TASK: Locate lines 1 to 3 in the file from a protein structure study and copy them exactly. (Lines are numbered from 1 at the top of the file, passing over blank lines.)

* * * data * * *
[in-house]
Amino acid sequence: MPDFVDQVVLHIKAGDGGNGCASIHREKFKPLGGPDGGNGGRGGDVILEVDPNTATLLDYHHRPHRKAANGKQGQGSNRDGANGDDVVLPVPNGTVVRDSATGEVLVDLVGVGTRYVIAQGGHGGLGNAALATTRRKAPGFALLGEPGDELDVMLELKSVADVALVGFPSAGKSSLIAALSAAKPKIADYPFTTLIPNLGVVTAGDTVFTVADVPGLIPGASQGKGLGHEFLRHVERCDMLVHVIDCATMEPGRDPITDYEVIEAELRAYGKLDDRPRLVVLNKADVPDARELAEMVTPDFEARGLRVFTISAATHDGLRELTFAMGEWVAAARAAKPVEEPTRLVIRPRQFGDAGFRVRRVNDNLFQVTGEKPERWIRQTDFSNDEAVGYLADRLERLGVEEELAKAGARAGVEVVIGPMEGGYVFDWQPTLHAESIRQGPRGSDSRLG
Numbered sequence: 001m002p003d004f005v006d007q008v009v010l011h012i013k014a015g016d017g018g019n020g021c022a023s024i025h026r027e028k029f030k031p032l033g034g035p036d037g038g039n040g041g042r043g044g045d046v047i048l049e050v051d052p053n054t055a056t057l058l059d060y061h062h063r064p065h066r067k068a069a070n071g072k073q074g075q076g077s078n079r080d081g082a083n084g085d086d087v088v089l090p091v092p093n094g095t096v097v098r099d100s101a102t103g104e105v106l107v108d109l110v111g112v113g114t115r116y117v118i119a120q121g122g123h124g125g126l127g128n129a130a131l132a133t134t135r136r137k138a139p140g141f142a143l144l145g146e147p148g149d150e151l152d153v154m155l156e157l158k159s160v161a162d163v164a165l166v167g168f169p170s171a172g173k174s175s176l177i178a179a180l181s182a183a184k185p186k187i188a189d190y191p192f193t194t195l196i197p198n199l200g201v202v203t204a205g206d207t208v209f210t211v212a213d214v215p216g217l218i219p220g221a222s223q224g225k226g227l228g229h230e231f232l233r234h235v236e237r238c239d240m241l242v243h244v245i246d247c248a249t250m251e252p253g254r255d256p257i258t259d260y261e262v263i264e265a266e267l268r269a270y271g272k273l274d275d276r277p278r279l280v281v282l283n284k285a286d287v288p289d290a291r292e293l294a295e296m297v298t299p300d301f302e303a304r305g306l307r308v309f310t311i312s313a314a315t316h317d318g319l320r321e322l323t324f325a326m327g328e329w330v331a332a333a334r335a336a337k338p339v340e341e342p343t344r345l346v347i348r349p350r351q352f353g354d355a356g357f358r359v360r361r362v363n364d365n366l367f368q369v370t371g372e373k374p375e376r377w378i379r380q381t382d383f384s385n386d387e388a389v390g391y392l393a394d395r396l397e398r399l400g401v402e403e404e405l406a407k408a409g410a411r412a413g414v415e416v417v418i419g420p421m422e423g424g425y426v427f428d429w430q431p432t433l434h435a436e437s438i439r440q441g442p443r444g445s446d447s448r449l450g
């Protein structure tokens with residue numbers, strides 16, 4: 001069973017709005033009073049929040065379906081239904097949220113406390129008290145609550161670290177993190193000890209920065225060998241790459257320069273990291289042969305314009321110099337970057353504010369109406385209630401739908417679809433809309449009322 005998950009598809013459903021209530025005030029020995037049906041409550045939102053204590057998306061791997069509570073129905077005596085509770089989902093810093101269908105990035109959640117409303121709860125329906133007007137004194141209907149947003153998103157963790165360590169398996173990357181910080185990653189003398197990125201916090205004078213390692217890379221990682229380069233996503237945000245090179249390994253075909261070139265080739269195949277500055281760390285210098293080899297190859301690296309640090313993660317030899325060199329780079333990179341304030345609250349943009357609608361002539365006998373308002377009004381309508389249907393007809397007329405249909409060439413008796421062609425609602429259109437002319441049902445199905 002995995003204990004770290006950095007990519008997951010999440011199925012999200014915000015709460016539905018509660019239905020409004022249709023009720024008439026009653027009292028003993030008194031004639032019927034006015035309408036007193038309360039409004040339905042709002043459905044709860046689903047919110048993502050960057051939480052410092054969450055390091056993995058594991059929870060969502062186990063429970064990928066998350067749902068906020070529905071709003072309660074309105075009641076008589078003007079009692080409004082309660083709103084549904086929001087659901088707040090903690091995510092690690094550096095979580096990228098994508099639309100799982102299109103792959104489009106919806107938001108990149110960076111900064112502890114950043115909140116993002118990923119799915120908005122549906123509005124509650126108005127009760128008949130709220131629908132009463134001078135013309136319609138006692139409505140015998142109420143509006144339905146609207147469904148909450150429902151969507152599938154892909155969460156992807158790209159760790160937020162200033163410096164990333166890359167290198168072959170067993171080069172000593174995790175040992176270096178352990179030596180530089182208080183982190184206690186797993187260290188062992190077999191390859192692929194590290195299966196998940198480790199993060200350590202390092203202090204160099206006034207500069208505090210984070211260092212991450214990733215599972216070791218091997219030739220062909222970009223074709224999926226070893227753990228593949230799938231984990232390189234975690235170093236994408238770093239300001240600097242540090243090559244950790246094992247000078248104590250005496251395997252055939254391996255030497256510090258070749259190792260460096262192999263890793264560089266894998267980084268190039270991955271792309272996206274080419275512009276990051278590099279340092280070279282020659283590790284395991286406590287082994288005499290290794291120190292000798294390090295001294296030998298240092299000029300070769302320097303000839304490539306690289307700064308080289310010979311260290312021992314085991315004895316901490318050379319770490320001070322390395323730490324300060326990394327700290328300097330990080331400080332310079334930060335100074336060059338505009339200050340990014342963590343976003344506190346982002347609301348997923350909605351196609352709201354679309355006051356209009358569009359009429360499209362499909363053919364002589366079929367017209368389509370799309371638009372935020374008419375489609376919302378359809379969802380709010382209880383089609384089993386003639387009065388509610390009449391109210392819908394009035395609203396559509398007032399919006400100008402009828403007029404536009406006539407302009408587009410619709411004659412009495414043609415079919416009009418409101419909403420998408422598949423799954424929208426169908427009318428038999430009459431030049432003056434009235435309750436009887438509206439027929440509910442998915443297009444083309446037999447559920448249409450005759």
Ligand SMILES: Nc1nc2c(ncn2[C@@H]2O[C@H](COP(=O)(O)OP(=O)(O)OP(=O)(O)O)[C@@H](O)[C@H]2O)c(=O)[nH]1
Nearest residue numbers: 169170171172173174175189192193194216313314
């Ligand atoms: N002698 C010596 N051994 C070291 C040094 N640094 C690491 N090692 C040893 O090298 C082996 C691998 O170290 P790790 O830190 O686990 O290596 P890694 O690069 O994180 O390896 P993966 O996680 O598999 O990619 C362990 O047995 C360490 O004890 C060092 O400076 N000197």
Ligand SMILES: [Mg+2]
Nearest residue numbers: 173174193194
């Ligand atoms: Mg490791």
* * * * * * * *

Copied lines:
[in-house]
Amino acid sequence: MPDFVDQVVLHIKAGDGGNGCASIHREKFKPLGGPDGGNGGRGGDVILEVDPNTATLLDYHHRPHRKAANGKQGQGSNRDGANGDDVVLPVPNGTVVRDSATGEVLVDLVGVGTRYVIAQGGHGGLGNAALATTRRKAPGFALLGEPGDELDVMLELKSVADVALVGFPSAGKSSLIAALSAAKPKIADYPFTTLIPNLGVVTAGDTVFTVADVPGLIPGASQGKGLGHEFLRHVERCDMLVHVIDCATMEPGRDPITDYEVIEAELRAYGKLDDRPRLVVLNKADVPDARELAEMVTPDFEARGLRVFTISAATHDGLRELTFAMGEWVAAARAAKPVEEPTRLVIRPRQFGDAGFRVRRVNDNLFQVTGEKPERWIRQTDFSNDEAVGYLADRLERLGVEEELAKAGARAGVEVVIGPMEGGYVFDWQPTLHAESIRQGPRGSDSRLG
Numbered sequence: 001m002p003d004f005v006d007q008v009v010l011h012i013k014a015g016d017g018g019n020g021c022a023s024i025h026r027e028k029f030k031p032l033g034g035p036d037g038g039n040g041g042r043g044g045d046v047i048l049e050v051d052p053n054t055a056t057l058l059d060y061h062h063r064p065h066r067k068a069a070n071g072k073q074g075q076g077s078n079r080d081g082a083n084g085d086d087v088v089l090p091v092p093n094g095t096v097v098r099d100s101a102t103g104e105v106l107v108d109l110v111g112v113g114t115r116y117v118i119a120q121g122g123h124g125g126l127g128n129a130a131l132a133t134t135r136r137k138a139p140g141f142a143l144l145g146e147p148g149d150e151l152d153v154m155l156e157l158k159s160v161a162d163v164a165l166v167g168f169p170s171a172g173k174s175s176l177i178a179a180l181s182a183a184k185p186k187i188a189d190y191p192f193t194t195l196i197p198n199l200g201v202v203t204a205g206d207t208v209f210t211v212a213d214v215p216g217l218i219p220g221a222s223q224g225k226g227l228g229h230e231f232l233r234h235v236e237r238c239d240m241l242v243h244v245i246d247c248a249t250m251e252p253g254r255d256p257i258t259d260y261e262v263i264e265a266e267l268r269a270y271g272k273l274d275d276r277p278r279l280v281v282l283n284k285a286d287v288p289d290a291r292e293l294a295e296m297v298t299p300d301f302e303a304r305g306l307r308v309f310t311i312s313a314a315t316h317d318g319l320r321e322l323t324f325a326m327g328e329w330v331a332a333a334r335a336a337k338p339v340e341e342p343t344r345l346v347i348r349p350r351q352f353g354d355a356g357f358r359v360r361r362v363n364d365n366l367f368q369v370t371g372e373k374p375e376r377w378i379r380q381t382d383f384s385n386d387e388a389v390g391y392l393a394d395r396l397e398r399l400g401v402e403e404e405l406a407k408a409g410a411r412a413g414v415e416v417v418i419g420p421m422e423g424g425y426v427f428d429w430q431p432t433l434h435a436e437s438i439r440q441g442p443r444g445s446d447s448r449l450g